“We thought it was worthwhile to get some credible speakers to come and take a look at some of those debatable trends and assumptions,” said Robin Bartlett Frazier, a member of the county’s Board of Commissioners. Also, she said, “there’s an element that has to do with following the Constitution, protecting property rights and free rights.”

Senator Pipkin: O’Malley’s War on Rural Maryland

As soon as he was re-elected, Governor Martin O’Malley began pushing legislation and policies that made it painfully clear his war on rural Maryland had shifted into high gear. As weapons of war, the Governor is using policies to strip property rights, impose higher and unfair taxes and tolls and ride roughshod over local planning and zoning, which will result in killing jobs and economic growth now and in the future.

At the end of his annual state-of-the-state speech this past January, O’Malley stunned rural representatives when he said he wanted approval of legislation to ban septic systems in new housing developments of five or more homes. For the 1.6 million people who live in rural Maryland, passage of O’Malley’s septic ban would spell an end to employment and the devaluation of $1 trillion worth of land, including area farmland. Under the guise of acting to protect the safety and adequacy of well sites or sewage disposal areas on a lot or adjacent lots, the Secretary of MDE assumes the role of Land Czar with the final word. When one considers that septic systems contribute only 1.6% of the nitrogen load entering the Bay, O’Malley’s septic system ban is nothing short of overkill and a shameful assault on property rights.

If a septic system ban doesn’t turn rural Maryland into a mammoth land preserve, O’Malley’s Plan Maryland surely will. Plan Maryland will usher in the era in which the State Planning Department is elevated to a super-high bureaucratic position with the power to veto local zoning or simply refuse to construct the roads and schools to support local zoning plans. The American respect for property rights will become a curious relic of the past. Landowners still will be expected to pay property taxes on their land, but will be stripped of their right to develop it.

Rural Western Maryland is sitting on rock formations of Marcellus Shale where stores of natural gas are trapped. According to the Unites States Geological Survey, the shale formation, which stretches from New York to Virginia contains 84 trillion cubic feet of recoverable natural gas. The use of hydraulic fracturing to drill for natural gas poses some risks which must be addressed. But in the meantime, Pennsylvania and West Virginia are getting the benefit of thousands of jobs created by drilling for natural gas. Governor O’Malley has appointed a state panel to recommend natural-gas drilling regulations. A final report, with recommendations relating to the impact of drilling, is due by August 1, 2014. Critics believe that O’Malley is using the panel to delay investment in the state’s Marcellus Shale. I am one of those critics.

Recently, Governor O’Malley stood by and watched the Maryland Transit Authority (MdTA) approve a sky high toll increase on Maryland’s bridges, tunnels and roads that will further serve to depress the economy of the rural Eastern Shore and stymie job creation. Tolls on multiple axel vehicles were doubled assuring that surcharges will be imposed on deliveries to both small and large businesses. On the Bay Bridge, alone, tolls will nearly triple by 2013. Much of the revenue will be used to pay for the InterCounty Connector (ICC), an 18-mile strip of road joining Montgomery and Prince George’s Counties, on which most rural residents will never travel.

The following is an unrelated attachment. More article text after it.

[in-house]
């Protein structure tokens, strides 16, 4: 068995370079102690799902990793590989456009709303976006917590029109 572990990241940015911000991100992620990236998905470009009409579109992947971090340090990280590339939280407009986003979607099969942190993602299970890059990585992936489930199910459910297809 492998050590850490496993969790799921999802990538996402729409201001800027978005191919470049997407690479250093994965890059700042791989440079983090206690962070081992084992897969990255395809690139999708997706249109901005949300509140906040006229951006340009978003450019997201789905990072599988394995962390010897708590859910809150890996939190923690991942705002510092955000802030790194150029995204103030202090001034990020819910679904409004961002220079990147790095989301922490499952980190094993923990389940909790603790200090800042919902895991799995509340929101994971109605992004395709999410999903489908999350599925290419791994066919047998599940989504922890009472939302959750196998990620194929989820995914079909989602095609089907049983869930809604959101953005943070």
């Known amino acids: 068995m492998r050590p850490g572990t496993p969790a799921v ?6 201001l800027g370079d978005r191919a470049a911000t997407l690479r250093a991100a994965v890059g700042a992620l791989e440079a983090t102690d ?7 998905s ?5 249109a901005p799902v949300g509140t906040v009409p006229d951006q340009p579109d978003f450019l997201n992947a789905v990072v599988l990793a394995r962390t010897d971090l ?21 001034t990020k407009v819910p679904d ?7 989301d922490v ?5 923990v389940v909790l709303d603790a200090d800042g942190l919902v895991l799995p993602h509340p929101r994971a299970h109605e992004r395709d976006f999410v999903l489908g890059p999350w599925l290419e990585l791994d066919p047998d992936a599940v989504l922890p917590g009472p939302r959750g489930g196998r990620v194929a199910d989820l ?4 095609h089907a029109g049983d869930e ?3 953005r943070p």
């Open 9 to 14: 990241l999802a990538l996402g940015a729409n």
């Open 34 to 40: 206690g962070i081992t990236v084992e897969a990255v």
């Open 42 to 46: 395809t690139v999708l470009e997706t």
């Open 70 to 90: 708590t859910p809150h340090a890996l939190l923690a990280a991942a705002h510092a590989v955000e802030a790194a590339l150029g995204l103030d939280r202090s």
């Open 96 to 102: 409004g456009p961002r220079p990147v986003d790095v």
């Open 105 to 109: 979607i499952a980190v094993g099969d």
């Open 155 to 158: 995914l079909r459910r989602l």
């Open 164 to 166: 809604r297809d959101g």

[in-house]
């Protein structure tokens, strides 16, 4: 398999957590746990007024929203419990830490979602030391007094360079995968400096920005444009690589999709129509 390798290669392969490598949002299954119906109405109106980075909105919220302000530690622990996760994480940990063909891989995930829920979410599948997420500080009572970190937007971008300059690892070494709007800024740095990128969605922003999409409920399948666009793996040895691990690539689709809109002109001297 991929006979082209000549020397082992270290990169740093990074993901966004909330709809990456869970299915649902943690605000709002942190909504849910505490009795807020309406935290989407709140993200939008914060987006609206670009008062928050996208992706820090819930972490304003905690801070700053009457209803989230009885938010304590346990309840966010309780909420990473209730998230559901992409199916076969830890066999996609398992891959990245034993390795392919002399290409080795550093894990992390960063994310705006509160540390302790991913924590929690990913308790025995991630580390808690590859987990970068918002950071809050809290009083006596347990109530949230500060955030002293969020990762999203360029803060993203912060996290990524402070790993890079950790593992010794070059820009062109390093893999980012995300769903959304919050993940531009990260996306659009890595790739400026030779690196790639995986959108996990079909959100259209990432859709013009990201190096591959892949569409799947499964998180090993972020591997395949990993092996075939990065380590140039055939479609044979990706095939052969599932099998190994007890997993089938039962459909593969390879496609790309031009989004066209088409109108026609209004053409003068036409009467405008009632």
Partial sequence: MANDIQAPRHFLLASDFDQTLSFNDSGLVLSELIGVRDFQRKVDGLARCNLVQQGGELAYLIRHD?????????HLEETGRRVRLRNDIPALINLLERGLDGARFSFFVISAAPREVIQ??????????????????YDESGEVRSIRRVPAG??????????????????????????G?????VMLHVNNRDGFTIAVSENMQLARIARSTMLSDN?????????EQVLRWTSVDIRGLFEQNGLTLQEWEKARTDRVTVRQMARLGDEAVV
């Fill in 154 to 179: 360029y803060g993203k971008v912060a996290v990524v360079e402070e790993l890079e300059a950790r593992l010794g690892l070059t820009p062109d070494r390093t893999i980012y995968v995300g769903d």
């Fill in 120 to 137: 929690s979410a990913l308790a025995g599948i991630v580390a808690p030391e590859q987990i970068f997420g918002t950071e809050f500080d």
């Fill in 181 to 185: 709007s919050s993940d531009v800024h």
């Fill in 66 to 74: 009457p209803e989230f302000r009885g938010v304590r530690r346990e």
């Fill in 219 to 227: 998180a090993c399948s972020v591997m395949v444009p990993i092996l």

The ICC was touted as being able to pay for itself. We now know that is not true. It should be noted that the ICC is the only Maryland toll facility where the tolls were not increased. The MdTA Board, which increased the tolls is appointed by the Governor and can raise tolls without any approval of the Legislature.

The plan to increase by 15 cents the state’s 23.5 cents per gallon gas tax is another example of the war on rural Maryland. Generally, rural residents drive more miles than urban or suburban Marylanders. Any gas tax increase will impact disproportionately on people who live in rural areas. And to add insult to injury, the increased gas tax revenue will benefit rural people least. Mass transit projects, which rural people do not use, will eat up most of the gas tax revenue. Let’s face it, building urban and suburban mass transit projects, such as the Red and Purple metro lines, have always and will continue to take precedence over road improvement and badly-needed bridge repair or replacement in rural Maryland.

Adding to the assault on rural Maryland, the costs associated with the Watershed Improvement Plan has been dumped on the rural counties. The Plan has a price tag of $11 billion for just Phase I, according to a report April 2011 report by Sage Policy Group, a public policy consulting firm, with billions more as the plan is fully implemented.

Governor O’Malley likes referring to the state as “One Maryland.” At best, that term is a cynical joke. At worst, it is a lie. Governor O’Malley has made it clear through his policies that in his
“One Maryland,” there is no room for rural Maryland.